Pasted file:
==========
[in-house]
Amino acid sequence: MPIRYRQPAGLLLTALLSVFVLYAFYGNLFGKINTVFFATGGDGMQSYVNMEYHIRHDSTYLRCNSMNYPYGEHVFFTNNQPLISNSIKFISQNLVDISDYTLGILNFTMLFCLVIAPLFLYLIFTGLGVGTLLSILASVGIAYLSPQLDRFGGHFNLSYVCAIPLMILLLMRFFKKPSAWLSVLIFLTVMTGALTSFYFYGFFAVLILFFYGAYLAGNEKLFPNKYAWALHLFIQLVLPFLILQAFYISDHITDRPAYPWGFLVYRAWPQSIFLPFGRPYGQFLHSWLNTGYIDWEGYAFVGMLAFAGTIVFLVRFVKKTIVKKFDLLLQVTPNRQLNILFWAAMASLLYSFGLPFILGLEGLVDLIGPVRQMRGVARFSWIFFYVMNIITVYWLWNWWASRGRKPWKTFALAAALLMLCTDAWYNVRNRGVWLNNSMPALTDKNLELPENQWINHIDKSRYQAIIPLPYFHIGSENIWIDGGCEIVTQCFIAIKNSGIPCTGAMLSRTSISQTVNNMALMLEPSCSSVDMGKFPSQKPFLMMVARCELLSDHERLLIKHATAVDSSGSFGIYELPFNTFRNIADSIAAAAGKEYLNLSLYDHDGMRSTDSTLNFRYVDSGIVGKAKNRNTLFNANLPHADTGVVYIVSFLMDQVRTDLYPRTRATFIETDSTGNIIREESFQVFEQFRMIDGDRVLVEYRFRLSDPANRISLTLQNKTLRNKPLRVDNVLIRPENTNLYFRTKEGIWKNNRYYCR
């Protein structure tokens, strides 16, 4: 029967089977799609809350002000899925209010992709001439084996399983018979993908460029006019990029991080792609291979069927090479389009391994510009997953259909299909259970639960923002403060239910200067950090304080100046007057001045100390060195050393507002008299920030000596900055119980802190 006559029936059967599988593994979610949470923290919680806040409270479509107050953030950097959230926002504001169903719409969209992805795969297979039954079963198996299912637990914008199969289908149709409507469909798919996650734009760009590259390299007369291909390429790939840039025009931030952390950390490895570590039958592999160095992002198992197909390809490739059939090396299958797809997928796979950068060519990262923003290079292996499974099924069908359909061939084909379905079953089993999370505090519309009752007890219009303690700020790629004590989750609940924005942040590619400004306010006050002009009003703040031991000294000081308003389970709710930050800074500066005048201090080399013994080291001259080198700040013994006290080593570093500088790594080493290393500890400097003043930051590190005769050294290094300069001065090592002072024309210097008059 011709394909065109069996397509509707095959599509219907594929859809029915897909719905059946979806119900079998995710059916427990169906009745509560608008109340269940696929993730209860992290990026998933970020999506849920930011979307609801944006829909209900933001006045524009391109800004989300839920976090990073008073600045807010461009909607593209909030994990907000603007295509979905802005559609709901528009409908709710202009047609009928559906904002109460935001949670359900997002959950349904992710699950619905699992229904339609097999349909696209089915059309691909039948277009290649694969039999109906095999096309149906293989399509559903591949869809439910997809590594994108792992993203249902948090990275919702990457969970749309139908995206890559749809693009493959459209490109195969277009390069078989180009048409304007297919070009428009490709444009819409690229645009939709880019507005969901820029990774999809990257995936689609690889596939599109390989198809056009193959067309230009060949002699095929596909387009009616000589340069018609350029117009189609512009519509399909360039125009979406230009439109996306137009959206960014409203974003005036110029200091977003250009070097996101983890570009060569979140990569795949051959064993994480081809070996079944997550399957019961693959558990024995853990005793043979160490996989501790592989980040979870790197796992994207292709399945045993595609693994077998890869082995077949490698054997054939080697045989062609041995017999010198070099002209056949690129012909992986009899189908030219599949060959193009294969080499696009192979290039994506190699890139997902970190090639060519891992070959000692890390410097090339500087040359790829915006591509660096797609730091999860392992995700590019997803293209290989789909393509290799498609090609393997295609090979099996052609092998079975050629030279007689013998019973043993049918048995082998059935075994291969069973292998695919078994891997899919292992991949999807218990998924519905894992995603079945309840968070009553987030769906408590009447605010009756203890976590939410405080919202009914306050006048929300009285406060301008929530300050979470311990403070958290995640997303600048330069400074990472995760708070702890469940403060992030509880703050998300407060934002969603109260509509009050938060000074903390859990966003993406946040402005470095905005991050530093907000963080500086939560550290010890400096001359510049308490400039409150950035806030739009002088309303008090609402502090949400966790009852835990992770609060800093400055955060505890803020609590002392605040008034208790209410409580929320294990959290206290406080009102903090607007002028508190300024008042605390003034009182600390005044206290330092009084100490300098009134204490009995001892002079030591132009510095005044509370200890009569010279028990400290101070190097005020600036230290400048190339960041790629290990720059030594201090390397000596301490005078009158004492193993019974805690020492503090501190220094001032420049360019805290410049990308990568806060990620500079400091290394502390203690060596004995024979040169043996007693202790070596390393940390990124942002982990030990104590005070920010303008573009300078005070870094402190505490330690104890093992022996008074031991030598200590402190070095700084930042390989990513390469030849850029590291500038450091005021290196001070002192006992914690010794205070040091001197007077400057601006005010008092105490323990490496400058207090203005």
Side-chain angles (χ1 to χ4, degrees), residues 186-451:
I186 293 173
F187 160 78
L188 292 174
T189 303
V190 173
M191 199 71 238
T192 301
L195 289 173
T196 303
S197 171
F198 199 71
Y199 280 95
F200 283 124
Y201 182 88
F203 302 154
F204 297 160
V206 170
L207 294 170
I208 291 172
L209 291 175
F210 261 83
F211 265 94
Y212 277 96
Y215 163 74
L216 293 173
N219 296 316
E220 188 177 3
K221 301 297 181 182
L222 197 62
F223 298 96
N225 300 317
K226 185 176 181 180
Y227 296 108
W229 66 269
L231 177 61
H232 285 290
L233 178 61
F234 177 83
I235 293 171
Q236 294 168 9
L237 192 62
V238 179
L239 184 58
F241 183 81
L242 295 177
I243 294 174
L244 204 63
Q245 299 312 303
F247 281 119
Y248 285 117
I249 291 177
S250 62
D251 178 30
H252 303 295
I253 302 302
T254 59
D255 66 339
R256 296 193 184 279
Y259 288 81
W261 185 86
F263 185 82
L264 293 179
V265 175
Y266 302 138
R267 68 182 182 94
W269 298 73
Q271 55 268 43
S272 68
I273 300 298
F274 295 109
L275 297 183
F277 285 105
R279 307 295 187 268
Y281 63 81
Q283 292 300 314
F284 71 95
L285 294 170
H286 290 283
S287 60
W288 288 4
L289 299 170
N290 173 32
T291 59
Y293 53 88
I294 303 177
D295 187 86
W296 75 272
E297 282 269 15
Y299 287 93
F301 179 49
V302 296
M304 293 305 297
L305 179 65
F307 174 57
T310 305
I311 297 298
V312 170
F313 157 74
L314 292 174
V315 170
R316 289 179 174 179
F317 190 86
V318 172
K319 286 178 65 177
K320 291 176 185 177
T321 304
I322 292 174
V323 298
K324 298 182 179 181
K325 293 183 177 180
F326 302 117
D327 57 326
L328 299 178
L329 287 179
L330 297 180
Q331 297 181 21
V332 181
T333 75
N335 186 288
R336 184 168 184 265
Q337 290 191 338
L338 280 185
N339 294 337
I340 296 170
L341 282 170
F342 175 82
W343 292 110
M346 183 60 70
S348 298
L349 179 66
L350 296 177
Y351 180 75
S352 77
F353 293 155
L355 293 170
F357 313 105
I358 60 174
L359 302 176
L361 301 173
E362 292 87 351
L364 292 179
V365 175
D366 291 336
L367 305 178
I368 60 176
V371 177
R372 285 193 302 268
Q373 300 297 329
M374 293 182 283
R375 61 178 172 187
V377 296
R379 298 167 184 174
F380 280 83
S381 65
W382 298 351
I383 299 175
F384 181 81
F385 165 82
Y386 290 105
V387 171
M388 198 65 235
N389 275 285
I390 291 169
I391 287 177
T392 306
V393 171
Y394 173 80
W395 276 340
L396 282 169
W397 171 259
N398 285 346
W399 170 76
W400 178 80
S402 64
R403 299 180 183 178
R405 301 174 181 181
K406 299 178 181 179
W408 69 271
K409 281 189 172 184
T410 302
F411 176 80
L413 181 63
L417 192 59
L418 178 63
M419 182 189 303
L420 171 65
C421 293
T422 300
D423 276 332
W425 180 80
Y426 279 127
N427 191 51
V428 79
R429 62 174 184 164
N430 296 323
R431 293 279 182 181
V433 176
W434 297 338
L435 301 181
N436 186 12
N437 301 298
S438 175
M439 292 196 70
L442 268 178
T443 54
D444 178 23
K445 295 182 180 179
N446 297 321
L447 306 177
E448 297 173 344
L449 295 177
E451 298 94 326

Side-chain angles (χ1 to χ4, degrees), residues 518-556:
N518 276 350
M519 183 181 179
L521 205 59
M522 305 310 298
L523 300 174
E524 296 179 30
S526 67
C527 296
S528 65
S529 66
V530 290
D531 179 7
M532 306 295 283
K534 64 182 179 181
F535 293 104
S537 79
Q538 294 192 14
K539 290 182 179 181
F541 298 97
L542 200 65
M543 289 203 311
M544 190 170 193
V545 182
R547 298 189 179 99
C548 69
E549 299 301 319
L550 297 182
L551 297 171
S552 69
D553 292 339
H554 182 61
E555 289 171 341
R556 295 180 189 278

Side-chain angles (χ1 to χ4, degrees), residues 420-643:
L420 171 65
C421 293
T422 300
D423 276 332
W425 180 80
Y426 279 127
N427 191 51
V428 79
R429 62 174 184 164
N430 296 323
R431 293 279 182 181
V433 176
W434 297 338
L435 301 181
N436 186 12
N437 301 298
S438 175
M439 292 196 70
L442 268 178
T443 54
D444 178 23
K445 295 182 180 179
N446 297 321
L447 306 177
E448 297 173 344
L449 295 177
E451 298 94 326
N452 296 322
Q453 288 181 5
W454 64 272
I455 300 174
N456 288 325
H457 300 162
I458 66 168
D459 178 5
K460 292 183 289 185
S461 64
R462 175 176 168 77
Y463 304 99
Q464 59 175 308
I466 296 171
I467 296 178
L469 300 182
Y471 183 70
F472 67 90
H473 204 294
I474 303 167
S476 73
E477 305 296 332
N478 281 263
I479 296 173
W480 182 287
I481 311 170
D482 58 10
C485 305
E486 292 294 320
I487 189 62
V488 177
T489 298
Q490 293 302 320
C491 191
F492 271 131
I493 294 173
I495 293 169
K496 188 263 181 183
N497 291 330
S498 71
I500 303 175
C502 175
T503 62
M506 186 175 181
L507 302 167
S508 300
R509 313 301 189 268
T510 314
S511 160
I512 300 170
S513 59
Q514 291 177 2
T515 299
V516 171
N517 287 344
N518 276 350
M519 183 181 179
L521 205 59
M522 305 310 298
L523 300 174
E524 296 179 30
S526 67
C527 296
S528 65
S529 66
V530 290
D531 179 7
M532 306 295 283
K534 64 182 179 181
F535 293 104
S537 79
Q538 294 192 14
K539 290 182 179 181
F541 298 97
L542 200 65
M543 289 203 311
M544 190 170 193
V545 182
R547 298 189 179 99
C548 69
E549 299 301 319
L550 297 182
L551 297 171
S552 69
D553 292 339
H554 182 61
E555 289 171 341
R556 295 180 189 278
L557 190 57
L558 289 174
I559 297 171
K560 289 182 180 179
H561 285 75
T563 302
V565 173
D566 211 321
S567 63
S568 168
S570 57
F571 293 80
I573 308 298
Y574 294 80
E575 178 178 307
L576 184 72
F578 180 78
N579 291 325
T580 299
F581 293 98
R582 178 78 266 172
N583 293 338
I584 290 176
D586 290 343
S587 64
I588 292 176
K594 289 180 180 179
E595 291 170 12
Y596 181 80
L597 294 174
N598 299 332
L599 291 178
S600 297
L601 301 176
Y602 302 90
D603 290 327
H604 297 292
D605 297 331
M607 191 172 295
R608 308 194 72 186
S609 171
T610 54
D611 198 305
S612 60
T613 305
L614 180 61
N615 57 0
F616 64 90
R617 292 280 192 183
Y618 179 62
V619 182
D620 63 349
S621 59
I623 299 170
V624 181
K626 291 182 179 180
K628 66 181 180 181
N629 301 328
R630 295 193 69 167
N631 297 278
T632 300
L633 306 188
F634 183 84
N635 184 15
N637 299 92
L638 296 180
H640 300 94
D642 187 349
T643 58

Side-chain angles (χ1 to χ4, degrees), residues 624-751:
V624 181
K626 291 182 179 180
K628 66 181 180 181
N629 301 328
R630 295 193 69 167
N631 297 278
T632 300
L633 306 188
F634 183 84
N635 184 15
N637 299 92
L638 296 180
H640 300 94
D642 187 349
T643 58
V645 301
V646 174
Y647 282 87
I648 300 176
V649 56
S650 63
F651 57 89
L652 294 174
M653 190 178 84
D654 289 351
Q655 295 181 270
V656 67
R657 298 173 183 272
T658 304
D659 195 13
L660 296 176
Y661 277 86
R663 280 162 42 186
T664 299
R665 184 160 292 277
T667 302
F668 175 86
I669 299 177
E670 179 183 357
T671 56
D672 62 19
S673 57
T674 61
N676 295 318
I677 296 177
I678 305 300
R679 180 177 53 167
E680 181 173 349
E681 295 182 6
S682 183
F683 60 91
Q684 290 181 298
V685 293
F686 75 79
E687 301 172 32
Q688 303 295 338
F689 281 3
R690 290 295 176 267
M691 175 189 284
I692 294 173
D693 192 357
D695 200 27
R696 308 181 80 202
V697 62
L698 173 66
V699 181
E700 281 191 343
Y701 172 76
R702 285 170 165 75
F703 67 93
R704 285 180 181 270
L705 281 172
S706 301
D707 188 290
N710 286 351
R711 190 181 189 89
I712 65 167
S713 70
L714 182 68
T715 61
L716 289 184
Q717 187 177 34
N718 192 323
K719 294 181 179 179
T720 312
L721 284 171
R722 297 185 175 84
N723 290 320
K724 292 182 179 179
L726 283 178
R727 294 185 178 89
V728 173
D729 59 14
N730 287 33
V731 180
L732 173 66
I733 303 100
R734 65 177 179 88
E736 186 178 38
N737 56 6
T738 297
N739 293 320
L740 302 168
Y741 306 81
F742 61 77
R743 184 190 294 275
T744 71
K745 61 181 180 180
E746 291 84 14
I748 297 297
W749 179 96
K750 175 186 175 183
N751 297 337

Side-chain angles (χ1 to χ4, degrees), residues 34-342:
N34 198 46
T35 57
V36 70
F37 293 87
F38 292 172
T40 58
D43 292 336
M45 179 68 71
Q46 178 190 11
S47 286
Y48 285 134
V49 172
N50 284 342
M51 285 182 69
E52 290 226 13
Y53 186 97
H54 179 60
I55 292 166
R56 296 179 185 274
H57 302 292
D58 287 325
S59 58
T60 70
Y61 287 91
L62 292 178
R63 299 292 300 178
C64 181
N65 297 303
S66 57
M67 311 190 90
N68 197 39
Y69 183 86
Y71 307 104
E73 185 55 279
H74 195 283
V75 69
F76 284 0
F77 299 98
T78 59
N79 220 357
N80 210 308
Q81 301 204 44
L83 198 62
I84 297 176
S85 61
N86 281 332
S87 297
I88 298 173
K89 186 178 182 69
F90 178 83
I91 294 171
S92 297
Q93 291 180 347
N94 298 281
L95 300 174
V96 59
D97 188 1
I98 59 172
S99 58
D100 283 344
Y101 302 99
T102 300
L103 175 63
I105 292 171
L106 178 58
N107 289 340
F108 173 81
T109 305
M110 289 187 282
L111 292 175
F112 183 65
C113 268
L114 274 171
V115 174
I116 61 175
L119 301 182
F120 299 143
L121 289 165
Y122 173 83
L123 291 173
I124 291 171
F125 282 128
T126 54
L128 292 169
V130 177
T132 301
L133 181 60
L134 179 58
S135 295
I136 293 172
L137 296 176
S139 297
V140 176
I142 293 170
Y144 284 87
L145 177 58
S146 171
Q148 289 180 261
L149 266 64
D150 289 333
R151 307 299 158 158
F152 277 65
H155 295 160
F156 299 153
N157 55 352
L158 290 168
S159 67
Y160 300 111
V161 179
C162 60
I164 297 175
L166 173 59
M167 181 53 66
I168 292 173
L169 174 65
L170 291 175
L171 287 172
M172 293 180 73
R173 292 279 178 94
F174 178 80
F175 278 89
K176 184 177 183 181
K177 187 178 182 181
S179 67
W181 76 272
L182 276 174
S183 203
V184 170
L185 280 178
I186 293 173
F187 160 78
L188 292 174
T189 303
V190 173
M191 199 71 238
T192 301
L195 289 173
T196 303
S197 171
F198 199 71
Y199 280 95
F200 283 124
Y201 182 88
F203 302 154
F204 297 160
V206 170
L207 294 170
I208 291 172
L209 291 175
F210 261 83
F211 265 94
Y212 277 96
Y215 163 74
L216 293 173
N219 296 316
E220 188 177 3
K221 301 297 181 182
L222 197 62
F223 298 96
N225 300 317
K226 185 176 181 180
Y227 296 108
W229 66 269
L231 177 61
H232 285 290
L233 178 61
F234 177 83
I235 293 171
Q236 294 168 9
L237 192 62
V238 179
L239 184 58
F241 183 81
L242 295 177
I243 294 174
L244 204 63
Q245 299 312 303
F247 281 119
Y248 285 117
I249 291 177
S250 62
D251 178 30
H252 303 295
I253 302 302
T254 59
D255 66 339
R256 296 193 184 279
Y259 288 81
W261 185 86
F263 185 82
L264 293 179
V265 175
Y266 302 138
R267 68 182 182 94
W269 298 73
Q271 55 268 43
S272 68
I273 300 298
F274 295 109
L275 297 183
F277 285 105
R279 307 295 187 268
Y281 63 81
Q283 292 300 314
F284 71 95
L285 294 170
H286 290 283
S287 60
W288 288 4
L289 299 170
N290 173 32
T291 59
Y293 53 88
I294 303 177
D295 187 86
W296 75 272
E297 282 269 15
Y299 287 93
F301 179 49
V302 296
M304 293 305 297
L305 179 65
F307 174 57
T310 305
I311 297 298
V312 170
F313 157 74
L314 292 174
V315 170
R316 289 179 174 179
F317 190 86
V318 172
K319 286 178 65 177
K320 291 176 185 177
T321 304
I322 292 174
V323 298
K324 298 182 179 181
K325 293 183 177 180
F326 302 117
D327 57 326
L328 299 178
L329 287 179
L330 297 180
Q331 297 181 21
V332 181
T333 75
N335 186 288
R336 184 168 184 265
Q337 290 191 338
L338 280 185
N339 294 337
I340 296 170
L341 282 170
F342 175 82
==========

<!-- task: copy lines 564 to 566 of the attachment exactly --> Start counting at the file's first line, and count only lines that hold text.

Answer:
M51 285 182 69
E52 290 226 13
Y53 186 97